By Jonathan Marshall
Energy storage — the so-called “holy grail” application that can potentially support power grid reliability, balance out the swings of wind and solar energy, and so much more — doesn’t have to come in the form of big boxes with positive and negative poles called batteries.
With the right technology, it can be as mundane as the hot water heaters in millions of American homes.
A company called Sequentric made a big splash last November by announcing a new patent that regulates electricity on the grid, much like a battery, by permitting second-by-second changes in the amount of power demanded by electric water heaters.
The company estimates that there are about 50 million electric water heaters in North America. (Most water heaters in PG&E’s service area are fueled by natural gas, but about 10 percent are electric.) They can account for a significant portion of a home’s power draw — up to five kilowatts.
If utilities or grid operators could fine tune the collective draw of millions of such appliances, they could act like big batteries to absorb cheap surplus energy or cut back on energy demand when electricity supplies are relatively scarce and expensive.
All of that works on the assumption that customers are willing to live with a slightly wider range of water temperature—and forego scalding showers during periods of electricity shortages—in return for some kind of break on their electric rates.
That assumption seems reasonable, given that more than 100,000 PG&E customers participate in a program called SmartAC, which allows their air conditioners to be turned down briefly during periods of exceptional electricity demand. In August 2012, that program cut statewide electricity demand by about 100 megawatts during a “Flex Alert” day.
Sequentric isn’t the only company to offer such a solution for hot water heaters. Back in 2010, PG&E’s Applied Technology Services division in San Ramon reported the results of extensive tests of a General Electric water heater hooked up to a SmartMeter and communications module. The appliance offered two heating modes and a variable thermostat, allowing a wide range of control over its energy use.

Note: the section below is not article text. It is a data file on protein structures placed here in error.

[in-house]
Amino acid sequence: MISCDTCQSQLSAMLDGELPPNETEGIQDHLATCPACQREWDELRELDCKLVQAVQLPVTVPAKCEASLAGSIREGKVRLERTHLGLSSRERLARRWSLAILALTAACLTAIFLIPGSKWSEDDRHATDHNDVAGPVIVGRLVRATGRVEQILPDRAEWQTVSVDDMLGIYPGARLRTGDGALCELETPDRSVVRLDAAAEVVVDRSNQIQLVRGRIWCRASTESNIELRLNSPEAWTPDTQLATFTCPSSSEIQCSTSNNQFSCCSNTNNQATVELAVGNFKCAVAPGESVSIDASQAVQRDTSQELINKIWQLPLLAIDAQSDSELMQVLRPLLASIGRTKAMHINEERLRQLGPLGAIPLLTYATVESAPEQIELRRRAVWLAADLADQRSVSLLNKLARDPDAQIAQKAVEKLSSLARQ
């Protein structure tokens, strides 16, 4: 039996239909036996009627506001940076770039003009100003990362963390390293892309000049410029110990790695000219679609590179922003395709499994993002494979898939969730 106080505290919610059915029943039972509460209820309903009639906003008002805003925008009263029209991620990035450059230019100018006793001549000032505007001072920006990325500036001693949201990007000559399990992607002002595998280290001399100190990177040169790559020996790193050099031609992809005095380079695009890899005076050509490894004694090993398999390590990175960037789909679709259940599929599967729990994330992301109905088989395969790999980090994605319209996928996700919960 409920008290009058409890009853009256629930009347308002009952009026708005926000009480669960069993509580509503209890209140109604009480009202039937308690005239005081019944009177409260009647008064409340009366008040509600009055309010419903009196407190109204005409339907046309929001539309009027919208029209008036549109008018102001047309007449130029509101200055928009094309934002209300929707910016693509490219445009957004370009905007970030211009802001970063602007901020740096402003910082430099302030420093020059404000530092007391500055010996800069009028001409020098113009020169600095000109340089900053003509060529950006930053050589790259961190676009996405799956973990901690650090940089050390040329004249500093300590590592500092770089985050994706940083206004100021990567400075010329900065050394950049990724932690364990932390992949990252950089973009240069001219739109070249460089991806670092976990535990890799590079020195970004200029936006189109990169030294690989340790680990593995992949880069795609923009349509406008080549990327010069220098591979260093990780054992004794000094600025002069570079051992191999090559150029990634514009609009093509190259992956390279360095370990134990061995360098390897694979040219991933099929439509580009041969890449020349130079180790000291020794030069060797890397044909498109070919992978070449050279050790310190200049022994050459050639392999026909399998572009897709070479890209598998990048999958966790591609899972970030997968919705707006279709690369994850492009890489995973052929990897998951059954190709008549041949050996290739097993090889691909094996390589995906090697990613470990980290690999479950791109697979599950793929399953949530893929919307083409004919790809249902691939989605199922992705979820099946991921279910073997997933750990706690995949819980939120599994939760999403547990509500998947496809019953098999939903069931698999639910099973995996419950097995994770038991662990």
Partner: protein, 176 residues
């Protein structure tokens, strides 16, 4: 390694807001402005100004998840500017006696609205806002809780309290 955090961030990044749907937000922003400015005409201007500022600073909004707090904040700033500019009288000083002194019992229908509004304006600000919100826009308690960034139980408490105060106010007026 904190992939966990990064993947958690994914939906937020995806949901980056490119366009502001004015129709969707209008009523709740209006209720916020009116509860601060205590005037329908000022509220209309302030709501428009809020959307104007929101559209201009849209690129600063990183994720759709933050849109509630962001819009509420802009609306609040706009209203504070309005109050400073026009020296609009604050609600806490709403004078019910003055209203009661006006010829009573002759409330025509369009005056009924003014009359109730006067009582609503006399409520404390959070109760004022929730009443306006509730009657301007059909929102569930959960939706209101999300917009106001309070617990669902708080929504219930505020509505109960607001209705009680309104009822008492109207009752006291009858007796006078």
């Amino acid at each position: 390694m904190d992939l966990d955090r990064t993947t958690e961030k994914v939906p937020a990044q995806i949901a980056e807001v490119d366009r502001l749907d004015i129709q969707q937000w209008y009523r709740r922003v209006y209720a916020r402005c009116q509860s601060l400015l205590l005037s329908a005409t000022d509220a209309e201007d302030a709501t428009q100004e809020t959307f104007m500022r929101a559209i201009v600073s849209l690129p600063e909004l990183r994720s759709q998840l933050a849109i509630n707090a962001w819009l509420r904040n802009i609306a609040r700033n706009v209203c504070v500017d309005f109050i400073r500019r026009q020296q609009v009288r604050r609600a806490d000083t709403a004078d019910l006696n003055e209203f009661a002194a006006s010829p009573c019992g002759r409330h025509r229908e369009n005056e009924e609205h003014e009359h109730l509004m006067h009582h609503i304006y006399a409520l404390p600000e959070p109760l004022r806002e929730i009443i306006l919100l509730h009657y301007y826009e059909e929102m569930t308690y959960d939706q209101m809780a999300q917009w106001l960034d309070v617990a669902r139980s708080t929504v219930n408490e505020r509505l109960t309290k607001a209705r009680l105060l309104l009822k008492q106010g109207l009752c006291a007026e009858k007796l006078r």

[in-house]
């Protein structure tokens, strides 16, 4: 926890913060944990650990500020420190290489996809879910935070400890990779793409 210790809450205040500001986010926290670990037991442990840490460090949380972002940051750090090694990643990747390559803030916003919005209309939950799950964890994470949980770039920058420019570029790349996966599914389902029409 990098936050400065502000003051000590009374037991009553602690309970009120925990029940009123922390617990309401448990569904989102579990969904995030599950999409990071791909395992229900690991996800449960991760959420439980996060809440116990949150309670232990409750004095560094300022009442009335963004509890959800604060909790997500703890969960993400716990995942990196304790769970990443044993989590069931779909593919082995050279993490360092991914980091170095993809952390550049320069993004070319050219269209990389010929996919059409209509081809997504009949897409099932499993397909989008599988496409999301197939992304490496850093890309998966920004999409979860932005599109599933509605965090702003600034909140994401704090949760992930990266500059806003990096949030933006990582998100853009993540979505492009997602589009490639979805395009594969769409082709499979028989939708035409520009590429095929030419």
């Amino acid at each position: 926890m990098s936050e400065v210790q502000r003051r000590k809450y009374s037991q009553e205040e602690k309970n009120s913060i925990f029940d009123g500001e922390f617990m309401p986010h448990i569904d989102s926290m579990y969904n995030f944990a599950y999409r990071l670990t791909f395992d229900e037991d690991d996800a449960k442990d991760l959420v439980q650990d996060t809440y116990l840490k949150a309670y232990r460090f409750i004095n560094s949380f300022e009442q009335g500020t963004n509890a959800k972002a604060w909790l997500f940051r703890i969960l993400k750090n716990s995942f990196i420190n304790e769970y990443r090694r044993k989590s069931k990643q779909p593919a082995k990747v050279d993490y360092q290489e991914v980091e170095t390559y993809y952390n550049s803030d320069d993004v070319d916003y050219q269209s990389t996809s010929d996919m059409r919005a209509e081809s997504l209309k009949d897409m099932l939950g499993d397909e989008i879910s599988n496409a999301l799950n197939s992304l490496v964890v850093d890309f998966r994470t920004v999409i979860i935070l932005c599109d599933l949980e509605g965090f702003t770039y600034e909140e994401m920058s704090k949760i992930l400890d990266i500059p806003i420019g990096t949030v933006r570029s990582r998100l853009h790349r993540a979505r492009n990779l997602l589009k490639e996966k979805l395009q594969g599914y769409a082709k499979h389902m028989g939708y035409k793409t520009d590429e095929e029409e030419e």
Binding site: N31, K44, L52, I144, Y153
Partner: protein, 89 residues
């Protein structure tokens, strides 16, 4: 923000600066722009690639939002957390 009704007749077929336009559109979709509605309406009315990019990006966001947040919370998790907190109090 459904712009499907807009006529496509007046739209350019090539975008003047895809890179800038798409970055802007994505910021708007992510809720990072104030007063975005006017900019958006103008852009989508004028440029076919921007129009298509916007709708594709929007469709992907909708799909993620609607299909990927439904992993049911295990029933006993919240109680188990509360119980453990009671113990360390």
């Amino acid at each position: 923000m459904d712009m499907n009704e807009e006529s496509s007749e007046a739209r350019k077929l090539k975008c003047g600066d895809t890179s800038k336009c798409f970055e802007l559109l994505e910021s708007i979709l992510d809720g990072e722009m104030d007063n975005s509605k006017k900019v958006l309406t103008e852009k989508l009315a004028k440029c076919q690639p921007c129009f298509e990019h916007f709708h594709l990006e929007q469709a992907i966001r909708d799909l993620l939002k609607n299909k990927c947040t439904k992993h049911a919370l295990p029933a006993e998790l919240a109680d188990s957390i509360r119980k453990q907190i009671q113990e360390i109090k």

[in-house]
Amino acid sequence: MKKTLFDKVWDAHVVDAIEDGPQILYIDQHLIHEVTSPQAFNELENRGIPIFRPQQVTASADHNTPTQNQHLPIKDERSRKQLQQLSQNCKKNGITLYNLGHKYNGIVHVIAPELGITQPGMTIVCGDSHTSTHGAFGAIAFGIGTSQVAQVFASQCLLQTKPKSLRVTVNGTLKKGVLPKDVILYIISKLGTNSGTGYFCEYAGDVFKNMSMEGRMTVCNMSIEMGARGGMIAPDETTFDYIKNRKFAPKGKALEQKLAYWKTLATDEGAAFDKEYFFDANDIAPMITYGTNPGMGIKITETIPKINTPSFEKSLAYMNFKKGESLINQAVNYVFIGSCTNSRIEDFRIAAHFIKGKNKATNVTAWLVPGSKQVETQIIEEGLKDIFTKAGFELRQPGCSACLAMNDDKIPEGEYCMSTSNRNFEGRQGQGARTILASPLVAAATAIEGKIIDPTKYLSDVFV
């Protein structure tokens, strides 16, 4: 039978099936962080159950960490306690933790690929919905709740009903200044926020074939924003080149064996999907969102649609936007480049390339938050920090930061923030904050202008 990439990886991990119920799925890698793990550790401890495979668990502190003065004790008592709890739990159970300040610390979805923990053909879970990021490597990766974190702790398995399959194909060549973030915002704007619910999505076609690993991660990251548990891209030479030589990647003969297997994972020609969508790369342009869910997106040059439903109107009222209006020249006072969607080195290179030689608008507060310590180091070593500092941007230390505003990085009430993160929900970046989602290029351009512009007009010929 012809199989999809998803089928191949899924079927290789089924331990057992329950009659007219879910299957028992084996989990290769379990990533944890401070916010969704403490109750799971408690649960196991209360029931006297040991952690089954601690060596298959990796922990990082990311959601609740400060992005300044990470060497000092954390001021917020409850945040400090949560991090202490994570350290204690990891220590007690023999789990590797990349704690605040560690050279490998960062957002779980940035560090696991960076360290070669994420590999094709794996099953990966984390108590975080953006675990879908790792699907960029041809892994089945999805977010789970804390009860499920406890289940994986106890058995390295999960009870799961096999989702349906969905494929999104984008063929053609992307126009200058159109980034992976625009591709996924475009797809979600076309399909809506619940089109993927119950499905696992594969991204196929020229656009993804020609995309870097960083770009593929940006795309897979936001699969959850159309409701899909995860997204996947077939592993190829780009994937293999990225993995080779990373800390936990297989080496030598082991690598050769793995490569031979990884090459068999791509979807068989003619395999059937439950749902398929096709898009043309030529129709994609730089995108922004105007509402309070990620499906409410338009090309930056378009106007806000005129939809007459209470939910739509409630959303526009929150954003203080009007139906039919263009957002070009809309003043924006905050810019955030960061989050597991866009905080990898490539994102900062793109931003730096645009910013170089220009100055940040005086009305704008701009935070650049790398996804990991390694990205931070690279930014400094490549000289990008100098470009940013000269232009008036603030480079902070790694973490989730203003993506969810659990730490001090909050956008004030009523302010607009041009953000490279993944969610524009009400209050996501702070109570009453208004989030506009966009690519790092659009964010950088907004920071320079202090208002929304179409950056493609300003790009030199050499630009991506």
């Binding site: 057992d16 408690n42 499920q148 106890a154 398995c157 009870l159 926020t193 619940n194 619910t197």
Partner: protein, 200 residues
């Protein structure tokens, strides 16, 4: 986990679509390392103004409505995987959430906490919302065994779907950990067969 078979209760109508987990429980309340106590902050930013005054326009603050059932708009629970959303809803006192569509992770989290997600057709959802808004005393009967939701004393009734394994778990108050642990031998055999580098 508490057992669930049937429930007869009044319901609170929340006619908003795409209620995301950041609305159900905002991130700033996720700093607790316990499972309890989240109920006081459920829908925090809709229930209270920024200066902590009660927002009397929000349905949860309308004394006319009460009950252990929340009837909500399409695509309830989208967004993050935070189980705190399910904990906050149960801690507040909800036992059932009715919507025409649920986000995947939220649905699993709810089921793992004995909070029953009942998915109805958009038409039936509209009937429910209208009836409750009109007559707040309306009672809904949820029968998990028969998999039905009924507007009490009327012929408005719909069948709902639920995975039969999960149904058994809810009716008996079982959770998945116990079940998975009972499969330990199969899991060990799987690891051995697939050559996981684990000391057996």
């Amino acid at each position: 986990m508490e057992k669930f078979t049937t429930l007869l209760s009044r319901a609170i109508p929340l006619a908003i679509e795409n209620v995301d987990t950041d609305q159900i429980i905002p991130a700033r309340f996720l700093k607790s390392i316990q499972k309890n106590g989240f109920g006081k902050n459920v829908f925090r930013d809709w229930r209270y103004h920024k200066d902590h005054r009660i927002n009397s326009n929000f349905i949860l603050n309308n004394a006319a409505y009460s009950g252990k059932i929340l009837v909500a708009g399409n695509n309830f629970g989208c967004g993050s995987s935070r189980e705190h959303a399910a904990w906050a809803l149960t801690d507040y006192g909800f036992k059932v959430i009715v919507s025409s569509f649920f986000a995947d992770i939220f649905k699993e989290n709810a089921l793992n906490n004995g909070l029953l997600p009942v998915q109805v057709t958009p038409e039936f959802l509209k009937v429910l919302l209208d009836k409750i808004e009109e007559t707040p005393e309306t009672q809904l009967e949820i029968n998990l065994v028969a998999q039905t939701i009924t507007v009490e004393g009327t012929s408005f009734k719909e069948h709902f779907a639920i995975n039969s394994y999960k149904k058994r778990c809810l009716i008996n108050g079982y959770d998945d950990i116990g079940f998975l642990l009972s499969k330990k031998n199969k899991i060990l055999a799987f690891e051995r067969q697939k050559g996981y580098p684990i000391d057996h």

By sending a signal through the SmartMeter, the PG&E testers were able to slash the unit’s maximum power demand for short durations from 3.8 kW in standard electric mode to only 0.6 kW in a special high-efficiency mode. Lowering the thermostat setting from 135F to 100F cut the maximum power demand by another 90 Watts. (In practical application, actual demand reductions would probably be smaller.)
A large-scale demonstration of a similar application is now under way in five states, with participation by the Bonneville Power Administration, 11 distribution utilities, the U.S. Department of Energy and several technology partners including IBM. The system adjusts power demand every five minutes to keep the grid in balance, in part by sending signals to hot water heaters in 60,000 homes.
New Zealand utilities have used remote water heater controls since the 1950s for basic load management—to reduce electricity demand during peak periods, usually in the early evening hours during winter months. To reduce the burden, utilities cycle through their customers, turning off water heaters for short periods. Usually enough warm water remains in the tank for washing and other purposes.
The same principle of thermal energy storage can work in reverse – for example, using a building HVAC system to chill water off-peak for later use in cooling the building during afternoon peak hours. Check out NEXT100’s profile of such a money-saving application at Napa Valley Community College.
Such applications may become more widespread following a recent report by the state’s main grid operator calling for greater use of so-called “demand response” applications to help maintain electric reliability as California relies more and more on variable solar and wind energy.
Email Jonathan Marshall at email@example.com.